Robots Building Robot Museum in Seoul

If you are going to build a museum about robots, you might as well include them in the process. That’s exactly what’s going down in South Korea. The Robot Science Museum will soon begin construction in the Chang-dong area of Seoul and robots along with drones will be doing most of the building.

Robots and Drones Will Build Robot Science Museum

The group behind the project is Turkish Architectural Design Firm Melike Altınışık Architects. Robots will mold, weld and assemble the curving metal facade of the building. They’ll also be 3D-printing the concrete landscaping around the building.

The drones in the sky will be used to control construction vehicles. They’ll also map the area along with making sure the site is running efficiently.

The robot museum will have a globular shape and be about four stories. The plans are for three exhibition areas along with a shop, offices and a seminar room. According to the architectural firm, the building will have a “wide range of possibilities for connection with urban orientation and public spaces”.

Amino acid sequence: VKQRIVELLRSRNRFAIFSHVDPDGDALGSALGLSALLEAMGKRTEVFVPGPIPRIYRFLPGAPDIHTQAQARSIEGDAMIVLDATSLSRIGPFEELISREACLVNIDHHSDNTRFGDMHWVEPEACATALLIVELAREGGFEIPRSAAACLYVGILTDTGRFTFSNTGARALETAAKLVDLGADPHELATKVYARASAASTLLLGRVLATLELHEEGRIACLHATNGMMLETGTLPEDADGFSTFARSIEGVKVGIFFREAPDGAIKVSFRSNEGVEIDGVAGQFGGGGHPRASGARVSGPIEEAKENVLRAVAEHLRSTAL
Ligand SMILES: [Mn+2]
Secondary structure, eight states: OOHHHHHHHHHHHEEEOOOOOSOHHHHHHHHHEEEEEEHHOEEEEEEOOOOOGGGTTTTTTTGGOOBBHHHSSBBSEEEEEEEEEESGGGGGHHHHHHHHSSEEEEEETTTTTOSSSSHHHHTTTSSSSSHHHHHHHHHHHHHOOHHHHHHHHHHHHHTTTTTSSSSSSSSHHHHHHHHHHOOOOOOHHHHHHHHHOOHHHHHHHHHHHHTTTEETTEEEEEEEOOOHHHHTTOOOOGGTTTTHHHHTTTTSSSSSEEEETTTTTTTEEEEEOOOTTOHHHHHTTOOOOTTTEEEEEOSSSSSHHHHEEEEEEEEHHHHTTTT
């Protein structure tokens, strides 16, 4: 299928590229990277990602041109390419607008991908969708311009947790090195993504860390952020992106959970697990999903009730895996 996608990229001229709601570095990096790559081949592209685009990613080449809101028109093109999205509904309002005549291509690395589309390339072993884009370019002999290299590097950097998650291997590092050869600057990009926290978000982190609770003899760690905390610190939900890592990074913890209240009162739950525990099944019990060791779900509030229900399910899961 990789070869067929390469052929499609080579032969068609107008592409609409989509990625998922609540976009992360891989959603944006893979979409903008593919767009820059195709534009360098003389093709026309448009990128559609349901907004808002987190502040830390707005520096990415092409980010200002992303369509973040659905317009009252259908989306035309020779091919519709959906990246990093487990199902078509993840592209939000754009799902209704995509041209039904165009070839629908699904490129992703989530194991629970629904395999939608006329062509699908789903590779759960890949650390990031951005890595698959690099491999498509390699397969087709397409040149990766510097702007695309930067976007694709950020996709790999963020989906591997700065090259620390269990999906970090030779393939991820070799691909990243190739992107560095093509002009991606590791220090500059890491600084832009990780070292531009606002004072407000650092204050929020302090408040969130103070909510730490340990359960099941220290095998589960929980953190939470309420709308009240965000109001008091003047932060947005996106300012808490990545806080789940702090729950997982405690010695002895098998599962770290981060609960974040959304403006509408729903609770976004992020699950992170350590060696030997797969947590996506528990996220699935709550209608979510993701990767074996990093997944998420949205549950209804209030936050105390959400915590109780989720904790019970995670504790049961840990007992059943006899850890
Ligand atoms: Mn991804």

“The new Robot Science Museum (RSM) which plays a catalytic role in advancing and promoting science, technology, and innovation throughout society is not only going to exhibit robots but actually from design, manufacturing to construction and services robots will be in charge. In other words, RSM will start its ‘first exhibition’ with ‘its own construction’ by robots on site.” said Melike Altınışık.

Robot Museum Seoul Science - YellRobot
credit: Melike Altınışık Architects

Robot Builders Will Save Time and Money

According to Melike Altınışık Architects, the use of robots and drones will save time and money along with cutting down on errors. Construction will begin in 2020 with the robot museum opening its doors in 2022.  Along with the novelty of a museum about robots being built by robots, this will be quite the architectural feet if successful. It could also provide a blueprint for using robots in construction for buildings around the world.


credit: Melike Altınışık Architects

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